Senior Citizen Population in U.S. to
Double in 20 Years: Boomers Fuel Growth; Nation Multi-Colored
Census Bureau releases two reports
about older people in the United States; Pew Research finds nation
also becoming multi-colored.
U.S. Also Becoming
Multi-Colored, Finds Pew
"At the same time our population is going gray, were also
becoming multi-colored. In 1960, the population of the United
States was 85% white; by 2060, it will be only 43% white. We
were once a black and white country. Now, were a rainbow." -
Pew Research also released reports this month on changes in the
May 6, 2014 - The nation's
65-and-older population is projected to reach 83.7 million in the year
2050, almost double in size from the 2012 level of 43.1 million,
according to two reports released today from the U.S. Census Bureau. A
large part of this growth is due to the aging of baby boomers
(individuals born in the United States between mid-1946 and mid-1964),
who began turning 65 in 2011 and are now driving growth at the older
ages of the population.
The first new report, An Aging Nation: The
Older Population in the United States, looks at the
demographic changes to the 65-and-older population that will comprise 21
percent of the U.S. population in 2050 and the impact that these changes
will have on the composition of the total population.
"The United States is projected to
age significantly over this period, with 20 percent of its population
age 65 and over by 2030," said Jennifer Ortman, chief of the Census
Bureau's Population Projections Branch.
"Changes in the age structure of
the U.S. population will have implications for health care services and
providers, national and local policymakers, and businesses seeking to
anticipate the influence that this population may have on their
services, family structure and the American landscape."
Census Bureau statistics have
already shown growth in health care-related industries. In 2011, the
Patterns statistics showed the health care and social
assistance sector as one of the largest in the U.S. with about 819,000
This sector includes home and
health care services, community care facilities for the older
population, and continuing care retirement communities, which all showed
an increase of 20 percent or more in their number of employees between
2007 and 2011. New 2012 County Business Patterns statistics will be
available by the end of May.
In addition, the Census Bureau's
recent release of population estimates showed The Villages, Fla. - home
to a large retirement community - was the nation's fastest growing metro
area from 2012 to 2013.
Population Growing More Diverse
Although the older population is
not as racially and ethnically diverse as the younger population, it is
projected to experience a substantial increase in diversity over the
next four decades.
The 65-and-older population is
projected to be 39.1 percent minority in 2050, up from 20.7 percent in
The 85-and-older population is
projected to be 29.7 percent minority in 2050, up from 16.3 percent in
In 2012, there were 22 people
65 and older for every 100 working-age people in the U.S. By comparison,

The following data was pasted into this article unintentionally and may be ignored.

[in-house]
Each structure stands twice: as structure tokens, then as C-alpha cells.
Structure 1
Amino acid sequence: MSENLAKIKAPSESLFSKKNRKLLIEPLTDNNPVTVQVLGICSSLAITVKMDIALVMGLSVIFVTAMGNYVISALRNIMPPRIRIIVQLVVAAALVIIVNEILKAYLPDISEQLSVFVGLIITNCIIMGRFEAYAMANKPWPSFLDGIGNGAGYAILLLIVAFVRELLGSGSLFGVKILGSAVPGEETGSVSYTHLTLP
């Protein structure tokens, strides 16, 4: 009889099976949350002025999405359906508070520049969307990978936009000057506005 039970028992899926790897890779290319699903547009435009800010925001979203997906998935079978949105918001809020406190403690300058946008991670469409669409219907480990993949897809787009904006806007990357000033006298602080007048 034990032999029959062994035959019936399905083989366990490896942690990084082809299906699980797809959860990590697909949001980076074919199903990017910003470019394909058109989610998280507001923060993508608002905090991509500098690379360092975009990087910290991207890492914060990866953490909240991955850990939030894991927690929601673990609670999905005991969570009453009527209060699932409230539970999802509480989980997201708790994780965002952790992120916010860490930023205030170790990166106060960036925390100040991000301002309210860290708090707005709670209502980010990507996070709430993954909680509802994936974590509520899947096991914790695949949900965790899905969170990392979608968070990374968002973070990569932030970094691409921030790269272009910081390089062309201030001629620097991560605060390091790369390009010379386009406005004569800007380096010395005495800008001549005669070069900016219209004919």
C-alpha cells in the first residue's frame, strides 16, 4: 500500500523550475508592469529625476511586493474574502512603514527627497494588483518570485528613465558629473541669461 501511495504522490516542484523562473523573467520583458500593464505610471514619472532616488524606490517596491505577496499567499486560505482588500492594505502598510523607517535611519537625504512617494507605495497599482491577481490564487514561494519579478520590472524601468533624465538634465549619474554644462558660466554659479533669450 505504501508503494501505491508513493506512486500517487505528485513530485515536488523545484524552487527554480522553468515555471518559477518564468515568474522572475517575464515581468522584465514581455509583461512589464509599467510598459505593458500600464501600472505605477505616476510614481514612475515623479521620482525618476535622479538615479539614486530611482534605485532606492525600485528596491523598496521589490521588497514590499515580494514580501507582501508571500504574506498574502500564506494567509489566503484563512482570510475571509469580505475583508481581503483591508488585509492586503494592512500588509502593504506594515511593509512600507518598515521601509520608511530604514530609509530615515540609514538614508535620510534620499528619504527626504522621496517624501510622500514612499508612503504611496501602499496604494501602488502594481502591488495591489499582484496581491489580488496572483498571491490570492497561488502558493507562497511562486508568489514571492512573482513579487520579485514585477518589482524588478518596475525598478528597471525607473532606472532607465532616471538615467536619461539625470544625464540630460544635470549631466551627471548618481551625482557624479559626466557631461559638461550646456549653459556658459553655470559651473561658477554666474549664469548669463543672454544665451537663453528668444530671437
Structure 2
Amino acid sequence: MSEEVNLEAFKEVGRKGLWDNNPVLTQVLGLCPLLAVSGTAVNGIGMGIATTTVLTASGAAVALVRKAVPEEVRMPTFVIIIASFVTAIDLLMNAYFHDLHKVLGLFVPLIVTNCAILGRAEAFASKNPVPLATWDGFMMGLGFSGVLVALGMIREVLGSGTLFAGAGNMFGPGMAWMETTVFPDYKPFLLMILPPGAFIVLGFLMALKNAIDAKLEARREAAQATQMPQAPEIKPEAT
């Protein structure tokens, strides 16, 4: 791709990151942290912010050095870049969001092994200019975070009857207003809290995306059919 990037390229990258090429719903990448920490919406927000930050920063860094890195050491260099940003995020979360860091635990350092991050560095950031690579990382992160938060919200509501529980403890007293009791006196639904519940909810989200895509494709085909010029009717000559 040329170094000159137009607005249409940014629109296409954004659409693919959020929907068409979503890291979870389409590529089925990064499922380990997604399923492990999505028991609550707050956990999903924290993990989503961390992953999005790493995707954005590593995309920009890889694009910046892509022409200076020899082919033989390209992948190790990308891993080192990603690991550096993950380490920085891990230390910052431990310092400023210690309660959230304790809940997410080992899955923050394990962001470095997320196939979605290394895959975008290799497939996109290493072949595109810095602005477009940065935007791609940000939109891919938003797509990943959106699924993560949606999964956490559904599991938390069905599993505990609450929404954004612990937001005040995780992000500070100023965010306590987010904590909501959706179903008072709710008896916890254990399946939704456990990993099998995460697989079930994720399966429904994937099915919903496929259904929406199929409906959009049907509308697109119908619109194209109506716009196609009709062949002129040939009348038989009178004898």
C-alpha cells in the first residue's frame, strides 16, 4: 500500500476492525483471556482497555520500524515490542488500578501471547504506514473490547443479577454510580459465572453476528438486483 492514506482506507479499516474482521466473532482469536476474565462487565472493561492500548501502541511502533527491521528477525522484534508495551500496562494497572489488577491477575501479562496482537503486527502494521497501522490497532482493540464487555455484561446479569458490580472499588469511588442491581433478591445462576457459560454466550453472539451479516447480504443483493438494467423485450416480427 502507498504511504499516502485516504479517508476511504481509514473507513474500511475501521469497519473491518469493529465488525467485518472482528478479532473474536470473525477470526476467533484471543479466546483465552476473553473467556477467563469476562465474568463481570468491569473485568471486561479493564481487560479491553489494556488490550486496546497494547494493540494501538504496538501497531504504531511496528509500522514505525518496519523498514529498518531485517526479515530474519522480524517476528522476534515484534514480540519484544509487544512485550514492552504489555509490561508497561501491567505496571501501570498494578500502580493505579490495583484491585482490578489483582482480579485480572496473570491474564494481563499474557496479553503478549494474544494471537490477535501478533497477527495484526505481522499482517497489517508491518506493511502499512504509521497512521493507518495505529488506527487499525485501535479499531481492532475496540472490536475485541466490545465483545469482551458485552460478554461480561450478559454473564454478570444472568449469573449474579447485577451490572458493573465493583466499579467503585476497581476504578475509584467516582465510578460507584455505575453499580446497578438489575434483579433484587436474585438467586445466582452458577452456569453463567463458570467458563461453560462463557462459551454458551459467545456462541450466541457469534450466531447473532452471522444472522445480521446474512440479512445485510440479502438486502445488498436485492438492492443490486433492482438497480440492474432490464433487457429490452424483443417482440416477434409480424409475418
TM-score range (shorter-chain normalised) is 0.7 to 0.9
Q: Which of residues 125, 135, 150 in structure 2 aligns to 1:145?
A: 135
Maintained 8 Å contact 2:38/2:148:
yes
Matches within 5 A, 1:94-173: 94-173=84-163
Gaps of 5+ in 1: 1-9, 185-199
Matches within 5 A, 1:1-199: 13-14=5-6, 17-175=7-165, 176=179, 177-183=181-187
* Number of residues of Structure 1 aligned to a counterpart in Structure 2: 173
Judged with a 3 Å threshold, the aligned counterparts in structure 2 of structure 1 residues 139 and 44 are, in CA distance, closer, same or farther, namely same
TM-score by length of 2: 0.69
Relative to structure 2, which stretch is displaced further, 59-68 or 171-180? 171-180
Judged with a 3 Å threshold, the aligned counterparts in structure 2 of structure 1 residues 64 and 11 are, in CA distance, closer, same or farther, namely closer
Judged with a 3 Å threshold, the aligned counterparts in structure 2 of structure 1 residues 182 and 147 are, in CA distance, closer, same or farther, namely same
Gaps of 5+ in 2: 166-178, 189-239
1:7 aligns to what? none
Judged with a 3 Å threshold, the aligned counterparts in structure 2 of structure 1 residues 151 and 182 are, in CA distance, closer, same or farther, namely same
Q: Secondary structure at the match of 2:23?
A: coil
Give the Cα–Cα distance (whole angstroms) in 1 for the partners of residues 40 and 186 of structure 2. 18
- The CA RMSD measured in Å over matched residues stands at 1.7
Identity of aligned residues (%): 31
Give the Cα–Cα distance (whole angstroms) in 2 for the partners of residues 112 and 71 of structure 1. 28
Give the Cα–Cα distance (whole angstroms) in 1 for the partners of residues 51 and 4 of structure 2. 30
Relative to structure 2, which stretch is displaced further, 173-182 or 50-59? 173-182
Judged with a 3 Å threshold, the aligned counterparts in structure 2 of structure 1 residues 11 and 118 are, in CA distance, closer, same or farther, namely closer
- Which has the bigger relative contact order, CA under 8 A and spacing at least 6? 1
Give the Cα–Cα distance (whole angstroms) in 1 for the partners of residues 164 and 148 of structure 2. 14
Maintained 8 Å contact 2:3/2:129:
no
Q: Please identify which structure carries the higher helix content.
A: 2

in 2030, there will be 35 people 65 and older for every 100 working-age
people. This means there will be approximately three working-age people
for every person 65 and older.
After 2030, the number of
people 65 and older for every 100 working-age people in the U.S
continues to increase slightly to 36 by 2050.
The proportion of the total
population 65 and older is projected to increase in all developed
countries between 2012 and 2030.Although the United States is projected
to age over this period,
it will remain one of
the younger developed countries with only 20 percent of its
population 65 and over in 2030.
The majority of the growth in the
65-and-older population is projected to occur between 2012 and 2030 as
the baby boomers enter the older age group.
When the first of the baby
boomers turned 65 in 2011, there were just under 77 million people in
the baby boom ages.
The baby boom population is
projected to drop to 60 million by 2030 and to only 2.4 million by 2060.
By 2060, the youngest baby
boomers will be 96 years old.
In 2012, baby boomers comprised
24.3 percent of the U.S. population.
As baby boomers age, their
share of the population is projected to decrease to 16.7 percent in 2030
and 3.9 percent in 2050.
Although the baby boom population
will decline in the coming decades through mortality, trends in
fertility, mortality, and international migration will sustain the
proportion of the population in the older ages within the U.S.
Declines in births will lead to
slower growth at the youngest ages, while decreases in mortality rates
result in longer life expectancies and increases in the number of people
living longer, resulting in growth of the 65-and-older population.
the 2012 National Population Projections
Program produces projections of the U.S. resident population by age,
sex, race and Hispanic origin for July 1, 2012, to July 1, 2060. The
2012 national projections are based on the 2010 Census and official
estimates for July 1, 2011.
The projections were produced using
a cohort-component method and are based on assumptions about future
births, deaths and net international migration. These reports include
projected data for 2013 to 2060, with the Census Bureau's official
population estimates used for 2012. When both estimates and projections
are available, as is the case for 2012, estimates are the preferred
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